3 must-have training courses for your collections staff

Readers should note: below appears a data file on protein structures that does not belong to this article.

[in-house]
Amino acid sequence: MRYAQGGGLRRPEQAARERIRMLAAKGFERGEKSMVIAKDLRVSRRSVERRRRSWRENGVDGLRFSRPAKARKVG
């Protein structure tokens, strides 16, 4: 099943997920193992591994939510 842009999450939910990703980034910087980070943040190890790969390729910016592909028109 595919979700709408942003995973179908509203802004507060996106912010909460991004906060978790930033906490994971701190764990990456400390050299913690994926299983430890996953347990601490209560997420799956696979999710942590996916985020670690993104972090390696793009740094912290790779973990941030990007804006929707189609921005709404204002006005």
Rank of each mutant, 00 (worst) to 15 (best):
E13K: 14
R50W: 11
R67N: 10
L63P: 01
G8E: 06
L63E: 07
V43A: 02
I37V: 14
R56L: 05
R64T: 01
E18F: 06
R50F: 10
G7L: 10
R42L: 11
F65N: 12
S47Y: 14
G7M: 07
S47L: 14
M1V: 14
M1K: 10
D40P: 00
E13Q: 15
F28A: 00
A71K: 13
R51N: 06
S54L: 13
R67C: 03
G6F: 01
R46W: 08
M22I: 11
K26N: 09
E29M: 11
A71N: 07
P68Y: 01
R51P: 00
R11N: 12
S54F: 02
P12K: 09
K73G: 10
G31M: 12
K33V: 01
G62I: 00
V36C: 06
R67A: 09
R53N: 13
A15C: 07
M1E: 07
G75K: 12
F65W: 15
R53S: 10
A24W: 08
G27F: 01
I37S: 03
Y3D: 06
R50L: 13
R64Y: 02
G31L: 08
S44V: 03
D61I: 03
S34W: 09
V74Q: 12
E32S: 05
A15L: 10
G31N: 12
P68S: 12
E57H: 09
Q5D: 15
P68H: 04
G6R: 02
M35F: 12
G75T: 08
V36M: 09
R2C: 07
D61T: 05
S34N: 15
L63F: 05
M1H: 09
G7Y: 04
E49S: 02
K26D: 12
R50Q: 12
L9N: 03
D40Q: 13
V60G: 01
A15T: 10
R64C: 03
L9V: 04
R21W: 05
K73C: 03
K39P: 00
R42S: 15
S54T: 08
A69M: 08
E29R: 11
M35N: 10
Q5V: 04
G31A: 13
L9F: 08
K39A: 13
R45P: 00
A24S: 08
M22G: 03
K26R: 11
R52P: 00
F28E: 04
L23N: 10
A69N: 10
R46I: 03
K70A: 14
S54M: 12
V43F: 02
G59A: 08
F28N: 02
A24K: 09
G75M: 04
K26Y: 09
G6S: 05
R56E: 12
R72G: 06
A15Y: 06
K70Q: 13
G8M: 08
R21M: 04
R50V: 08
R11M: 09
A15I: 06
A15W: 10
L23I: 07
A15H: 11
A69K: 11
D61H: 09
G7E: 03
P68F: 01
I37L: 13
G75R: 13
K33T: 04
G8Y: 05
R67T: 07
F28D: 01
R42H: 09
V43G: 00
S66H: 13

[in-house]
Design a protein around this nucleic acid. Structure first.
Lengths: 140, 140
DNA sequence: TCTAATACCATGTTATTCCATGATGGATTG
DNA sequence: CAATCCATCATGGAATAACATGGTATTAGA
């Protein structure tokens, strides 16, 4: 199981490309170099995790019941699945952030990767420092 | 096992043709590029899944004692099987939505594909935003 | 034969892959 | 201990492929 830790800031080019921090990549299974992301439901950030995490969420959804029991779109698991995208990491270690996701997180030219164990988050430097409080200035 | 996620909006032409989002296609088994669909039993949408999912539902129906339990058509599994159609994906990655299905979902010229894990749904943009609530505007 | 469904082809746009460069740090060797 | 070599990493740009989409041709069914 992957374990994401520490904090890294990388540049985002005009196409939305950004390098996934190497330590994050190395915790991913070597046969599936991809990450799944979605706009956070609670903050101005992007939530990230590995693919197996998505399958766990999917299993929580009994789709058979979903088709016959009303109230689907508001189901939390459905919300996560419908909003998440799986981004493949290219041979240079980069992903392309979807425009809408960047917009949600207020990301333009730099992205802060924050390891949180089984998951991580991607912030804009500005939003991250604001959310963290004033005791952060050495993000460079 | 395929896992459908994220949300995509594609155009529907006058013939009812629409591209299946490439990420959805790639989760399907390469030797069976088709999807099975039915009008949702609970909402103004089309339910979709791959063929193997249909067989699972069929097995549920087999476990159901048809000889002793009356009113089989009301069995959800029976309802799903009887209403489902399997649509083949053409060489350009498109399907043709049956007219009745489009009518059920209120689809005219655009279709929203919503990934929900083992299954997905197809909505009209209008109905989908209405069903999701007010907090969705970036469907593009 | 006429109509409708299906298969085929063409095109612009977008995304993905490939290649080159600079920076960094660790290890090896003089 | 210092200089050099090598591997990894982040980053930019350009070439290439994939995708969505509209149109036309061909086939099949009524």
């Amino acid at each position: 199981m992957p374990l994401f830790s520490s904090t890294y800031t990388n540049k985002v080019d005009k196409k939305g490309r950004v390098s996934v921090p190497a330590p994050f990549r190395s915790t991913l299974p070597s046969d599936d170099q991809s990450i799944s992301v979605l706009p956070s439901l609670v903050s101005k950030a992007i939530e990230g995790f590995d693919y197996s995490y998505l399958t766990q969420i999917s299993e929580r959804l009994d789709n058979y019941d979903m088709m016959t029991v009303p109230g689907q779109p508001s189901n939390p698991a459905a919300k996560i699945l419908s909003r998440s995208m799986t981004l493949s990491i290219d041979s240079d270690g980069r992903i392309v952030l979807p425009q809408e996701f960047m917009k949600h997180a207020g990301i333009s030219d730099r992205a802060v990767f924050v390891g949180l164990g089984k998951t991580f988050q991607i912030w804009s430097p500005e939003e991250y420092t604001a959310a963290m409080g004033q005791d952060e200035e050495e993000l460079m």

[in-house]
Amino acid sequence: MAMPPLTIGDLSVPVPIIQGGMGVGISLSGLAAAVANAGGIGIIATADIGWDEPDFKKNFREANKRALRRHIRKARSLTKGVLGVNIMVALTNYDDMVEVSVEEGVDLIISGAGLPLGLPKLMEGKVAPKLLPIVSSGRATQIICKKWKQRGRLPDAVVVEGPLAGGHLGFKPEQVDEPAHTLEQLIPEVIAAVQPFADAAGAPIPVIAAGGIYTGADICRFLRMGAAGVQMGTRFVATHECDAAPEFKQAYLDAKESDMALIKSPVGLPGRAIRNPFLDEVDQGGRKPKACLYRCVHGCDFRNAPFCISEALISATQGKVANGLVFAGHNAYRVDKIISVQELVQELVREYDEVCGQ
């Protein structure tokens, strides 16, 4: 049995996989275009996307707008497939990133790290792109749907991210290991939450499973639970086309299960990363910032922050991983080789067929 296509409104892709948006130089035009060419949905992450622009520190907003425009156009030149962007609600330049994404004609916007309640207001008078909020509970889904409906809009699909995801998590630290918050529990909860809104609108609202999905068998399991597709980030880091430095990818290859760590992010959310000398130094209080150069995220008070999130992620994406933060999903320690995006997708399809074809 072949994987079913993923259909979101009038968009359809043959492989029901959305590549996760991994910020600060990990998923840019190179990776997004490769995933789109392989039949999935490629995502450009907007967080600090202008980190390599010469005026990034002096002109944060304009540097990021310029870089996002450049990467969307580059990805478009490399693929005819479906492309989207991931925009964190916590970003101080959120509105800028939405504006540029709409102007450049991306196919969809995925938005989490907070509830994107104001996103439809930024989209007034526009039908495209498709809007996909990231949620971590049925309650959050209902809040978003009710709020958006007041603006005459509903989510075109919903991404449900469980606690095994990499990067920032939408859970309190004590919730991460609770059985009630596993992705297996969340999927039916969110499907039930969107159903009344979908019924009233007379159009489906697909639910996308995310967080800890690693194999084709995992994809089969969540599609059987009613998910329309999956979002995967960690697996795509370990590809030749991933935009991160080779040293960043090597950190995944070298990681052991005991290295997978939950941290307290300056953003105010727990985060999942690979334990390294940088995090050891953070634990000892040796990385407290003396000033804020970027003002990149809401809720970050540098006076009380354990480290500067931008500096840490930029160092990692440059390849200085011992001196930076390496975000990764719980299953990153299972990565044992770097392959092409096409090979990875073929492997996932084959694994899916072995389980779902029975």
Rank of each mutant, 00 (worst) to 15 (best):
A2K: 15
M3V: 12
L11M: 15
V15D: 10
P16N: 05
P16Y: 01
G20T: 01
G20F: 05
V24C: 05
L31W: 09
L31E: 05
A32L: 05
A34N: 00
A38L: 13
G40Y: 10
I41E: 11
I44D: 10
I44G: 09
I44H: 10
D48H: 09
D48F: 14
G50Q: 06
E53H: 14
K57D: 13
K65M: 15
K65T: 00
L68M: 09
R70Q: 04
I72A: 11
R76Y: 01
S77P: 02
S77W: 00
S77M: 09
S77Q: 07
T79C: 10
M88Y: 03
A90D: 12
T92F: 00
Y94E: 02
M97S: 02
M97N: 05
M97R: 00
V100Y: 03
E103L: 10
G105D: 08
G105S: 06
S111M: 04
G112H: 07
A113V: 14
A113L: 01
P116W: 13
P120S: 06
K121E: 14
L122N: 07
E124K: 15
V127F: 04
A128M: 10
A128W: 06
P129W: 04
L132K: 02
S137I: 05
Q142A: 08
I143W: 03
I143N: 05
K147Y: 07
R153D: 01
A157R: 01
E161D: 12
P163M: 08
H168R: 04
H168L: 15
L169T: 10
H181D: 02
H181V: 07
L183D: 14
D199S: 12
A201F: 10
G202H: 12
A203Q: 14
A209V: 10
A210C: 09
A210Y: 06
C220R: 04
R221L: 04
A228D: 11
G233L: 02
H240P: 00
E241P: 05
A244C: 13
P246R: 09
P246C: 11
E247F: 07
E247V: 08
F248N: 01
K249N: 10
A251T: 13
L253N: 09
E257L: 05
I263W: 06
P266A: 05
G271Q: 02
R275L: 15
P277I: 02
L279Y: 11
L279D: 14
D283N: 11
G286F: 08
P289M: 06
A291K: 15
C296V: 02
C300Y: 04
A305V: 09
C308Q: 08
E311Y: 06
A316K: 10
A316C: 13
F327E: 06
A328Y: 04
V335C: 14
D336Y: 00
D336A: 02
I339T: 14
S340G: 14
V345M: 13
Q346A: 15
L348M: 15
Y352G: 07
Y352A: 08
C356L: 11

first_imgCompliance is a major point of contention for many lenders—particularly when it comes to their collection operations. Many of the laws that were enacted decades ago to protect consumers have components that are almost irrelevant to the collections industry. For example, the Telephone Consumer Protection Act (TCPA) was initially enacted to protect consumers from excessive telemarketing calls. However, the standards of this law are also applied to debt collection, which frankly, was never the intent of the law. While the laws that govern collection operations will most likely continue to evolve with changing technology and consumer behavior, it’s important for lenders to implement regular and relevant training courses for their collection staff. The cost of non-compliance—even when due to ignorance of the law—is high. For example, collection operations that are found in violation of TCPA rules could face fines of $500 to $1,500 per violation! So, as you can see, it’s critical that your collections staff is thoroughly trained to compliantly do their jobs. Here are the three must-have training courses that you should ensure your staff is up-to-speed on: Unfair, Deceptive, or Abusive Acts or Practices (UDAAP)Signed into law on July 21, 2010, the Dodd-Frank Act created more focused regulatory scrutiny over the financial services industry.  One of the major intentions of the Act was to prevent unfair business practices or other predatory behaviors by lenders which caused confusion or otherwise deceived consumers. The result of this was UDAAP. UDAAP prohibits firms offering financial services from engaging in unfair, deceptive, or abusive acts or practices. However, the challenge for collection firms is that those terms are vague, undefined, and unclear. Likewise, they are essentially determined by the consumer.Collection operations don’t necessarily know, with certainty, what actions violate UDAAP, making compliance that much more problematic. According to the CFPB, an unfair act or practice:Causes or is likely to cause substantial injury to consumers;The injury is not reasonably avoidable by consumers; andThe injury is not outweighed by countervailing benefits to consumers or to competitionWhile complying with UDAAP may not be a perfect science, the important thing to remember is that you should have a well-documented manual that includes what you expect from your staff when they are interacting with debtors, and what behavior is unacceptable. Your staff should be trained on the policies and procedures included in your manual, and have easy access to the document. Fair Debt Collections Practices Act (FDCPA)Enacted in 1978 to eliminate abusive, deceptive, and unfair debt collection practices, particularly from third-party debt collection agencies, the FDCPA restricts the time and frequency of collection calls, and provides guidelines for acceptable, and not acceptable, behaviors by debt collectors. However, since the CFPB has become a major player in the regulatory landscape, the former list of specific “don’ts” that previously encompassed FDCPA directives, has become more of an ambiguous model, much like UDAAP.Proper training should cover the guidelines under which debt collectors may conduct business, define rights of consumers involved with debt collectors, and prescribe penalties and remedies for violations of the Act. The Telephone Consumer Protection Act (TCPA)The original intent of the TCPA was to protect consumers from excessive telemarketing calls; however, the FCC and CFPB swept debt collection under the same umbrella as telemarketing calls, causing major contention for lenders and collection agencies. In 2012, after much push back from collection operations, the FCC addressed their concerns by providing guidance on what constitutes consent for calls made to wireless lines, as well as other elements of the act.To prevent or reduce TCPA violations, your staff should be thoroughly trained on all aspects of the law, and continuously monitored to catch and correct violations.Remaining compliant takes diligence, awareness, and monetary and time resources. However, investing in compliance is critical to avoid potential scrutiny from regulators and/or violations. The ins and outs of the aforementioned collections laws can be complex and overwhelming, so we created our latest ebook, Compliance in the Collections Industry, as a guide to gain a better understanding of the three Acts discussed in this article as they relate to collections operations, and achieve and maintain compliance. Download your free copy today! 8SHARESShareShareSharePrintMailGooglePinterestDiggRedditStumbleuponDeliciousBufferTumblr,Chris Cote Chris Cote has been with SWBC since 2011 and has more than 12 years of experience in the financial services industry. As the Compliance Officer for the SWBC Financial Institution … Web: https://www.swbc.com Detailslast_img

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